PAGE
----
What Does “Buy In” Really Mean?

My colleague over at Automattic, Simon, recently kicked off a discussion inspired by this talk by Janice Fraser at Mind the Product.

The talk expands on three key points related to work and life, but it was her final point that stuck out – “You Don’t Get Buy-in in a Single Meeting”.

Fraser mentions that she isn’t a fan of the phrase buy-in for several reasons.

  • Nobody knows what it is.
  • Everyone thinks they have it.
  • Once we get it, we forget about keeping it.

She then introduces an acronym “UBAD,” which stands for understanding, belief, advocacy, and decision-making – the core components of getting everyone onboard with a direction/vision.

I’d encourage you to watch the entire video, but today, I wanted to share some thoughts around generating buy-in and overcoming the hurdles Fraser identified.

What is “buy-in”?

It might be a bit nebulous to define, but we can probably all agree on the attributes that a team exhibits when they have buy-in.

When a team has buy-in:

  • Everyone can clearly articulate the vision for the team/product/department/organization. If asked, they can summarize and repeat the vision back and answer questions about it.
  • Team members can translate the vision into daily actions that align with the intended direction. A symptom of buy-in is clarity in decision making, consistently relating those decisions back to the ultimate vision.
  • There’s open and honest conversation within the team. Buy-in can’t exist without this type of interaction.
  • They move in unison. Projects and tasks flow together because everyone is rowing in the same direction.

A team has buy-in if they’re exhibiting the characteristics above.

How to Develop and Keep Buy-in Over Time

If we can agree on what buy-in looks like, we have a better barometer to decide if your team actually has buy-in and avoid false positives.

One simple way to avoid the pitfall of assuming buy-in is to assume you don’t have buy-in. Assume teams aren’t on the same page. Teammates don’t understand the vision and mission. They can’t translate the vision into daily actions, and they feel pulled in many directions.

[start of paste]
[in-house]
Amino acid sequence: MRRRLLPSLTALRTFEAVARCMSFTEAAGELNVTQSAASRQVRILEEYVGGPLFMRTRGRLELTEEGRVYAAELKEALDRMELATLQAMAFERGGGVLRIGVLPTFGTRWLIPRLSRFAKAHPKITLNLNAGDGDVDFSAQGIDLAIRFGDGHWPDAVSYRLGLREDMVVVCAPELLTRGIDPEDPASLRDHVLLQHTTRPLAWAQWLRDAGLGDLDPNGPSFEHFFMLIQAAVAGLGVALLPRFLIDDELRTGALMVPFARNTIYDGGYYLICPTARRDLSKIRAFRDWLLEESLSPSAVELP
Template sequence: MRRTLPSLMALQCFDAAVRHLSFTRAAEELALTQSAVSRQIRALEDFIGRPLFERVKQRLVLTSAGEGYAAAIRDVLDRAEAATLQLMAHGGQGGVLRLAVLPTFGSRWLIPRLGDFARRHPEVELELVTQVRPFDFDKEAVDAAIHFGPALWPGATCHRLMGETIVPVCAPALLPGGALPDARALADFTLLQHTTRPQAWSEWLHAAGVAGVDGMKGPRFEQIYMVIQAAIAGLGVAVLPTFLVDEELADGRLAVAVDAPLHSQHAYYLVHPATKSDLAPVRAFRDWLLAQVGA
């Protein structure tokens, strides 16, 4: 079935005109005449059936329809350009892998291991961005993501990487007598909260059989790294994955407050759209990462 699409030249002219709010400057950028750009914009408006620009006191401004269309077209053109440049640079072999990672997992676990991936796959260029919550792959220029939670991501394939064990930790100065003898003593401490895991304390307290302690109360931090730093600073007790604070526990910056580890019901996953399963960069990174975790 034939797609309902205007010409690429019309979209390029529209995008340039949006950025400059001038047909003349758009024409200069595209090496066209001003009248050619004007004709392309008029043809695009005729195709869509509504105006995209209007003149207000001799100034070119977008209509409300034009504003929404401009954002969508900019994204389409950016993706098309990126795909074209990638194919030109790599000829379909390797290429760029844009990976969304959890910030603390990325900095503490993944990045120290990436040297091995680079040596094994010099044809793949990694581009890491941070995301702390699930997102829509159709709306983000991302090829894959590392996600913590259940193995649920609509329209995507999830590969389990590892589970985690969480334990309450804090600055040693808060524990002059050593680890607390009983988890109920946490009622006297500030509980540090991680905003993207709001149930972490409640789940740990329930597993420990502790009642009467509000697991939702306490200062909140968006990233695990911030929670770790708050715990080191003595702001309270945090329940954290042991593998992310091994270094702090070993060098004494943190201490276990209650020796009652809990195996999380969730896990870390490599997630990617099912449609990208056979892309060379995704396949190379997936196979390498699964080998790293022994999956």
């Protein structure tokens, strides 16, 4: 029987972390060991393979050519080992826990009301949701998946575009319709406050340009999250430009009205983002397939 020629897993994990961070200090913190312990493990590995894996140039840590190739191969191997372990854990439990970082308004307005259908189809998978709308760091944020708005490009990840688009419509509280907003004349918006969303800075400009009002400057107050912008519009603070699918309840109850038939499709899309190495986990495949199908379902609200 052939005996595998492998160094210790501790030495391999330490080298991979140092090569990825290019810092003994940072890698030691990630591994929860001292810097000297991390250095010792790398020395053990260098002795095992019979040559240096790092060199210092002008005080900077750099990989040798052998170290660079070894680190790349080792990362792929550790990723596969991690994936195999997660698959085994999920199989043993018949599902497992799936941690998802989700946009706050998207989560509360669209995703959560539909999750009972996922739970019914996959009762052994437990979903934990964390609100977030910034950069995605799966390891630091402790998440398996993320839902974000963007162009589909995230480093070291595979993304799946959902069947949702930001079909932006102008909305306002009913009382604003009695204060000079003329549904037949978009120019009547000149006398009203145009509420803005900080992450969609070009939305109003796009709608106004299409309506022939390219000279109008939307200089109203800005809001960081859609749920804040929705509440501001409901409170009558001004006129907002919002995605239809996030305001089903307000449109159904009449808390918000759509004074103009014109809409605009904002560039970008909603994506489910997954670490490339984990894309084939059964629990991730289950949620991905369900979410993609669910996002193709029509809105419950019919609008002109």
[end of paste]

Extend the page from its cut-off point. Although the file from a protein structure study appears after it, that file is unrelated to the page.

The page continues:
If you work from the perspective that your team does not have buy-in, you would default to doing the following on a daily basis.

Continually simplify and reinforce the vision daily. This is one of the foundational roles of a leader. To quote Adam Grant from Originals:

You know the lyrics and the melody of your idea by heart. By that point, it’s no longer possible to imagine what it sounds like to an audience that’s listening to it for the first time. This explains why we undercommunicate our ideas. They’re already so familiar to us that we underestimate how much exposure an audience needs to comprehend and buy into them.

Adam Grant, Originals

Applaud daily actions that correlate with the vision. The goal is to have the team all rowing in the same direction with the same end goal in mind. One way to make that happen is to deliver positive praise when you notice actions that align with the intended direction.

Constantly look for opportunities to link intermediate steps to the end goal. This goes along with continually communicating the vision. Essentially, you’re looking for threads across the organization that you can point to as steps in the right direction.

If you start each day with the idea that you don’t have buy-in, you won’t overlook opportunities to continue building it.


Fraser covers these points in her handy acronym UBAD:

  • Understanding: Does the team actually understand where we’re headed? Can they articulate the vision back to me? Do they understand why we’re pursuing direction A instead of direction B?
  • Belief: Do they actually believe that our vision is the right one for the product or service? Are they convinced this is the right call? Have we had open and honest disagreement about it? If they disagree, are they still willing to commit?
  • Advocacy: Can team members get others onboard with the mission? If they understand and belief in the vision, they should be able to actively promote it within the organization.
  • Decision: Is the vision clearly represented in daily decisions?

With the acronym in hand, you have a tool for diagnosing the breakdown within the organization and addressing the issue.

A great starting point though is to assume you don’t have buy-in and work to establish it on a daily basis.

Leave a Thought